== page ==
Before we get into the self-serving, sunshine-pumping statements made by LSU President F. King Alexander at the LSU Board of Supervisors meeting yesterday, we should re-trace our steps a little and provide some background.
Last summer, then-Board of Regents chairman Richard Lipsey went on a verbal rampage of sorts in reaction to an idea Alexander floated to move LSU toward something called “holistic admissions.” Essentially what “holistic admissions” means is that LSU would, in apparent contravention of state higher education policy, abandon a rigorous adherence to “hard” qualifications for prospective students and, for example, have a less-stringent requirement for things like ACT scores.
Alexander said this was simply going with the flow, because the Harvards and Yales of the world were doing it and if LSU wanted to keep up with them “holistic admissions” would be necessary. And the current freshman class at LSU was admitted on that basis.
Lipsey was anything but satisfied, and popped off about it at his blog…
In the 1990’s the Louisiana Board of Regents established a system that has been incredibly successful at creating true Flagship status for LSU. All other higher education institutions were placed into one tier of 10 regional schools or another tier of three statewide schools. Each tier has differing ACT score and GPA requirements. The two-year community colleges are open enrollment.
By removing objective standards at LSU, King Alexander opens the door for politics and money to influence admissions decisions. Donors and persons of influence can now bring inappropriate influence to the admissions process. Only the Louisiana Board of Regents is authorized in the Louisiana Constitution to change minimum standards. The standards they adopted in the 1990’s have produced excellent results. King Alexander’s spokesman Jason Droddy says Alexander can now use a loophole to end the minimum ACT requirement without Regents approval. Several, if not all Board of Regents and LSU Board of Supervisors members were not even consulted on the standards reduction. They only learned of the actions in a 9/2/18 article by Editor Mark Ballard of The Advocate Capitol News Bureau. President Alexander is acting like he really thinks he is a “King.” Let him know that LSU and all schools belong to the people.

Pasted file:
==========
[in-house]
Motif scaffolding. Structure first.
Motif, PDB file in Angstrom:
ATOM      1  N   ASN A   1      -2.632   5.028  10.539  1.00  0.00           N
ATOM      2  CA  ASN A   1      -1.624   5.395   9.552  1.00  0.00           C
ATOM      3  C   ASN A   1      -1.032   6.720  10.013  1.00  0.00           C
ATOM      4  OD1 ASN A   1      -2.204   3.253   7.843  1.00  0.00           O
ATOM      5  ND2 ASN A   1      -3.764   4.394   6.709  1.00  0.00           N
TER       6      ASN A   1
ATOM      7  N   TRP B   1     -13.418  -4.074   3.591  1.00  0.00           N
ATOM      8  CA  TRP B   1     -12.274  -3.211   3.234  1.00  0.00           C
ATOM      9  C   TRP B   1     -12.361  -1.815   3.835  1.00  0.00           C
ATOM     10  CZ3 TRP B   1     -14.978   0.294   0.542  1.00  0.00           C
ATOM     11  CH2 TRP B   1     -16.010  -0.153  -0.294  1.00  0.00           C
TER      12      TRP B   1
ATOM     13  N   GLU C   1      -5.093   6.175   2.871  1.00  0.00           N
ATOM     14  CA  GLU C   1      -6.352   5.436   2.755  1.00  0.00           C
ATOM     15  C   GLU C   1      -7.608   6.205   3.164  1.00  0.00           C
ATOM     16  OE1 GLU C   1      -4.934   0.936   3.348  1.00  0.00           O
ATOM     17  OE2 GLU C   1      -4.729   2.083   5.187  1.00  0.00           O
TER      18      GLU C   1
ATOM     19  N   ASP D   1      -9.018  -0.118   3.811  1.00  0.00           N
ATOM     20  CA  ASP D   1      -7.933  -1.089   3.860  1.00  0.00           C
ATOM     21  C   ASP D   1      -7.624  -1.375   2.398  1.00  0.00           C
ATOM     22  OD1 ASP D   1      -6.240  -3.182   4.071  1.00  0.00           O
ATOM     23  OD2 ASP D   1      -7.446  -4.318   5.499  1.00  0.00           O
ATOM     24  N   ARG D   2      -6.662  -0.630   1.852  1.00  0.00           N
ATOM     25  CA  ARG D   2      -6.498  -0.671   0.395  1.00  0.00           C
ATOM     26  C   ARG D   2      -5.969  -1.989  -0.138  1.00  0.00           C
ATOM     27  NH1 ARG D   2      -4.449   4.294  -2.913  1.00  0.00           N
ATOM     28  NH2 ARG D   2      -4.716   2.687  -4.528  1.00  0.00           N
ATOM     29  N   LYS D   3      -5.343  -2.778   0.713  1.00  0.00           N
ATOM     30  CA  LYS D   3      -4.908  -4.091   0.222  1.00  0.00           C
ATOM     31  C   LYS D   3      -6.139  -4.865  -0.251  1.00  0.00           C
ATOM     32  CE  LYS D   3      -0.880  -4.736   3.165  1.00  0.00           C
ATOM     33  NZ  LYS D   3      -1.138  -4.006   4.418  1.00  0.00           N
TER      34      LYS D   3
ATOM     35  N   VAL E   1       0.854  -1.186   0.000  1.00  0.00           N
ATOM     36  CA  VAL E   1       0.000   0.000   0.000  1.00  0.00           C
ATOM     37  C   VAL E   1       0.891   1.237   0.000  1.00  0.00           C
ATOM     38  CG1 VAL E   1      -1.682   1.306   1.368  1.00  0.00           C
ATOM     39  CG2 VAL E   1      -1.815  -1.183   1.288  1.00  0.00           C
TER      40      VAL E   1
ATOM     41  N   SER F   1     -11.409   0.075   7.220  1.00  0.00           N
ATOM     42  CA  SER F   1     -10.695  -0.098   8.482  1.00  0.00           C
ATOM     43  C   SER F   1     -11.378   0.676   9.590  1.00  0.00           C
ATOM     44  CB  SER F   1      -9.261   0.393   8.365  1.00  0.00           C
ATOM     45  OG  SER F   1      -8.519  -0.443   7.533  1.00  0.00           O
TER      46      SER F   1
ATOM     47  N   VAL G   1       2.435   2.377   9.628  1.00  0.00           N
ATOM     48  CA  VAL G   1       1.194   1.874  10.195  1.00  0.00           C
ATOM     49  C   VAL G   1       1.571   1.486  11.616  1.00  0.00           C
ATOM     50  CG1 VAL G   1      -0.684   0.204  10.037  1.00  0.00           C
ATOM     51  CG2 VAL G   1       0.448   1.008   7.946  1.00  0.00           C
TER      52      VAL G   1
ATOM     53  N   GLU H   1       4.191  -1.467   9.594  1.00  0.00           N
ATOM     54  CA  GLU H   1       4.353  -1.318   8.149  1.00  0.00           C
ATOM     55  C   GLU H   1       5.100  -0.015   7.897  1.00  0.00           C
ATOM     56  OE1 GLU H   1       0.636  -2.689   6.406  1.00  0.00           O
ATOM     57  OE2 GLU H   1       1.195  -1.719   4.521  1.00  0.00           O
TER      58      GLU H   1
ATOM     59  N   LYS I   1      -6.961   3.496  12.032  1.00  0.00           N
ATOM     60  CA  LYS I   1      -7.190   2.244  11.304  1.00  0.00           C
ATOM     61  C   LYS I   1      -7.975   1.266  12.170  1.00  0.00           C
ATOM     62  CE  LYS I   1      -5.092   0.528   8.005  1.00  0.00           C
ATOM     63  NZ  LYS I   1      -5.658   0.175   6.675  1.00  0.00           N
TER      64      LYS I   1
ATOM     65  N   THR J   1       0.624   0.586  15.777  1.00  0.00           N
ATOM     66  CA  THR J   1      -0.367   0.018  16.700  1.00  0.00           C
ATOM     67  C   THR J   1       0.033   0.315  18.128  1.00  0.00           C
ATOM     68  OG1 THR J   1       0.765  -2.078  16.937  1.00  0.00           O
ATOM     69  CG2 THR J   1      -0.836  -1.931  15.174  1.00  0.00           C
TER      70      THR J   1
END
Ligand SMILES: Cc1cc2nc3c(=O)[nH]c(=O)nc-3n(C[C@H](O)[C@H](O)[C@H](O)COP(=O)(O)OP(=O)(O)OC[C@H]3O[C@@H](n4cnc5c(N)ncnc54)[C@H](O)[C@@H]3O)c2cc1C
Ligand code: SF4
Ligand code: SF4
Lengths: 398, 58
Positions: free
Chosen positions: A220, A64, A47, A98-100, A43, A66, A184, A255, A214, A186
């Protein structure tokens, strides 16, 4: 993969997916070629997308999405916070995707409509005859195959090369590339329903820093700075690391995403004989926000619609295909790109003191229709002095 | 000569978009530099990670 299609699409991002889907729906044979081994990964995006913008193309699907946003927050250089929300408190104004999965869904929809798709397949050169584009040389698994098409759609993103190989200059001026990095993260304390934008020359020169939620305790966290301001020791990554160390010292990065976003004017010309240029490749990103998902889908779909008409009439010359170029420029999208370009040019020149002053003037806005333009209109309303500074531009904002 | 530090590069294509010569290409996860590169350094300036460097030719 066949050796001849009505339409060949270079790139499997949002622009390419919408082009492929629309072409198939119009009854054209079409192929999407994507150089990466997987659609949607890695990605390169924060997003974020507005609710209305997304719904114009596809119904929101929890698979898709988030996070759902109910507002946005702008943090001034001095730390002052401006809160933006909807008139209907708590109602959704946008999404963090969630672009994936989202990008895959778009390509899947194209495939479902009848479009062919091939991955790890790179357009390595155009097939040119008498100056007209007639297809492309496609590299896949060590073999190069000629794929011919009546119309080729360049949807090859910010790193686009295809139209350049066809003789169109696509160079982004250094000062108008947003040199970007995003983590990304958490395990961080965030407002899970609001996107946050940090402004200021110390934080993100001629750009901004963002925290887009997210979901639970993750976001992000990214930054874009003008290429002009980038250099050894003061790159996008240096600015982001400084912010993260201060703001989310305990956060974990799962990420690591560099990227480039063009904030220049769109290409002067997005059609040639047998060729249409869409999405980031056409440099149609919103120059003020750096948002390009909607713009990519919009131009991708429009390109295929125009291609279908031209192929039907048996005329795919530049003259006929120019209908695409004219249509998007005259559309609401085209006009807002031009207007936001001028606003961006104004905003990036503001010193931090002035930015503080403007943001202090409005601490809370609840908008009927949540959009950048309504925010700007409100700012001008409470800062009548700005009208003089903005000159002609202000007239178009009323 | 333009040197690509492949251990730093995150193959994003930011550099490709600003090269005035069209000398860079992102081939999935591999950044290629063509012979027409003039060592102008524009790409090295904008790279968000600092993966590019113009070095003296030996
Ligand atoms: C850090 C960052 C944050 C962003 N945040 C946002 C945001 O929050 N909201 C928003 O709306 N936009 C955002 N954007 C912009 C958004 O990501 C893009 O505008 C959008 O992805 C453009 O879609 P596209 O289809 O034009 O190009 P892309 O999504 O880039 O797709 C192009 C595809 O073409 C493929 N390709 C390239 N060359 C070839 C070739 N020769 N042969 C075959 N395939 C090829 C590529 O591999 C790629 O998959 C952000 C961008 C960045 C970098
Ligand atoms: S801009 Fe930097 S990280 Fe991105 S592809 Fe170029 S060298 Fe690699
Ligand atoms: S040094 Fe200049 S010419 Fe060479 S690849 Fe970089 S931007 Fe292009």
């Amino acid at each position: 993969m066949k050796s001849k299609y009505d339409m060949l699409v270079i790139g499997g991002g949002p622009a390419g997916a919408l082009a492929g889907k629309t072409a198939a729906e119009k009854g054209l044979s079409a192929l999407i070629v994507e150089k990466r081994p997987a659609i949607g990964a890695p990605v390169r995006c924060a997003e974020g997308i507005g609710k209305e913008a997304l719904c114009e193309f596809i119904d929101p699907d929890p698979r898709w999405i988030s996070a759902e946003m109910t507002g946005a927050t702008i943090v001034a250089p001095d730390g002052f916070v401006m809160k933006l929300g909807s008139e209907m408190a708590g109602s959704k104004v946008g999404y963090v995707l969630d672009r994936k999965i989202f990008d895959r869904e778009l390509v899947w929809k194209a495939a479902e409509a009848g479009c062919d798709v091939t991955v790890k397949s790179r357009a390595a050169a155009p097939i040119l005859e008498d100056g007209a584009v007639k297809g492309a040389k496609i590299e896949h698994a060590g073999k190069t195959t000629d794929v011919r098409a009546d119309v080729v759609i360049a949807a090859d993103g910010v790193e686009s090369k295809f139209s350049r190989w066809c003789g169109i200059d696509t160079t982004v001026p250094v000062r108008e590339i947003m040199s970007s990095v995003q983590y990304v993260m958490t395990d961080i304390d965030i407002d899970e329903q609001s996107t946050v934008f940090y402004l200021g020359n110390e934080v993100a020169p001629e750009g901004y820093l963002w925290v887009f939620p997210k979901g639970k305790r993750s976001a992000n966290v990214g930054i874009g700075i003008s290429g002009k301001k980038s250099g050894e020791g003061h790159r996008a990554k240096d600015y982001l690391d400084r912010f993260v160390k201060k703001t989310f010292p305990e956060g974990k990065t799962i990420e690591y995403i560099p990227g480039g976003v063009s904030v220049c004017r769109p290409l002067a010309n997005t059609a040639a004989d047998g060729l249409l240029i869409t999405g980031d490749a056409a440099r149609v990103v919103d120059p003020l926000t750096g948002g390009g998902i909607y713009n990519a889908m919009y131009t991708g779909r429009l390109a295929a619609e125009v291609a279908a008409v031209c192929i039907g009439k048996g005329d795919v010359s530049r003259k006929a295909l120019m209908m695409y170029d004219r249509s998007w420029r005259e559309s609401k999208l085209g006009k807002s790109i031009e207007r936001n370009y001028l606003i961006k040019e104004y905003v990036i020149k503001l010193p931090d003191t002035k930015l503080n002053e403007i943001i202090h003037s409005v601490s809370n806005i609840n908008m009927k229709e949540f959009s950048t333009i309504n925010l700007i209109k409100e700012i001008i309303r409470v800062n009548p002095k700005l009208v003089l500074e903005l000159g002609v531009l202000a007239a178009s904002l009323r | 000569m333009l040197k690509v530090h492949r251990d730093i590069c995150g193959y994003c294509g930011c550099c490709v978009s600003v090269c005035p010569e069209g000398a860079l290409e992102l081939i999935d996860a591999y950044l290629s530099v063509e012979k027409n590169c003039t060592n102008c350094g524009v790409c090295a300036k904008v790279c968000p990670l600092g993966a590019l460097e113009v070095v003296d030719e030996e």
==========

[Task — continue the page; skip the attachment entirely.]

And last week, when Lipsey called for Alexander’s head he returned to the subject…
The Board of Regents has also approved an audit regarding King Alexander’s unilateral and undisclosed changes to admissions practices at LSU that we exposed in August following media reports. These subjective standards he has unconstitutionally launched lack needed transparency and objective audit points. The recent major national news story involving bribery by some of the most powerful and wealthy at universities across America shows why objective standards are required. It is clearer than ever that that such subjective practices open the door for corruption and undue influence. Children of major donors or with political influence can now be admitted to LSU based on a subjective review of an essay and their “personal qualities” by LSU staff. This subjective review makes it impossible to question admissions decisions that may be completely inappropriate. It opens the door to corruption and undue influence.